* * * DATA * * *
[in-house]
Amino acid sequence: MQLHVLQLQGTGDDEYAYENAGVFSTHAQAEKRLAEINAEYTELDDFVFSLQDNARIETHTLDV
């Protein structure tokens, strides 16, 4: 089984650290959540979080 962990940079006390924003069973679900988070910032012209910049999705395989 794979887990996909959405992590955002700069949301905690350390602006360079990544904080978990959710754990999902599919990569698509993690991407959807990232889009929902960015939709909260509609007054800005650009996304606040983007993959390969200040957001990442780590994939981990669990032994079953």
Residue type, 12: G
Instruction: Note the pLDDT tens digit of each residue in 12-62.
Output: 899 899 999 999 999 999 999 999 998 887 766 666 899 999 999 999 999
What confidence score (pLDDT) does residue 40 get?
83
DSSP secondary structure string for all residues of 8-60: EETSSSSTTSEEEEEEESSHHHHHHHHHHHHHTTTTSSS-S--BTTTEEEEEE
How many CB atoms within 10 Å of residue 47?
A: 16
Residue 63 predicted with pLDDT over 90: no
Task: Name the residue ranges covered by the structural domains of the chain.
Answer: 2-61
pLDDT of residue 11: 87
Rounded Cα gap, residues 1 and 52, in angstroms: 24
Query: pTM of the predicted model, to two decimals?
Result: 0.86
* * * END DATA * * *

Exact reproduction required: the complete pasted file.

[in-house]
Amino acid sequence: MQLHVLQLQGTGDDEYAYENAGVFSTHAQAEKRLAEINAEYTELDDFVFSLQDNARIETHTLDV
């Protein structure tokens, strides 16, 4: 089984650290959540979080 962990940079006390924003069973679900988070910032012209910049999705395989 794979887990996909959405992590955002700069949301905690350390602006360079990544904080978990959710754990999902599919990569698509993690991407959807990232889009929902960015939709909260509609007054800005650009996304606040983007993959390969200040957001990442780590994939981990669990032994079953």
Residue type, 12: G
Instruction: Note the pLDDT tens digit of each residue in 12-62.
Output: 899 899 999 999 999 999 999 999 998 887 766 666 899 999 999 999 999
What confidence score (pLDDT) does residue 40 get?
83
DSSP secondary structure string for all residues of 8-60: EETSSSSTTSEEEEEEESSHHHHHHHHHHHHHTTTTSSS-S--BTTTEEEEEE
How many CB atoms within 10 Å of residue 47?
A: 16
Residue 63 predicted with pLDDT over 90: no
Task: Name the residue ranges covered by the structural domains of the chain.
Answer: 2-61
pLDDT of residue 11: 87
Rounded Cα gap, residues 1 and 52, in angstroms: 24
Query: pTM of the predicted model, to two decimals?
Result: 0.86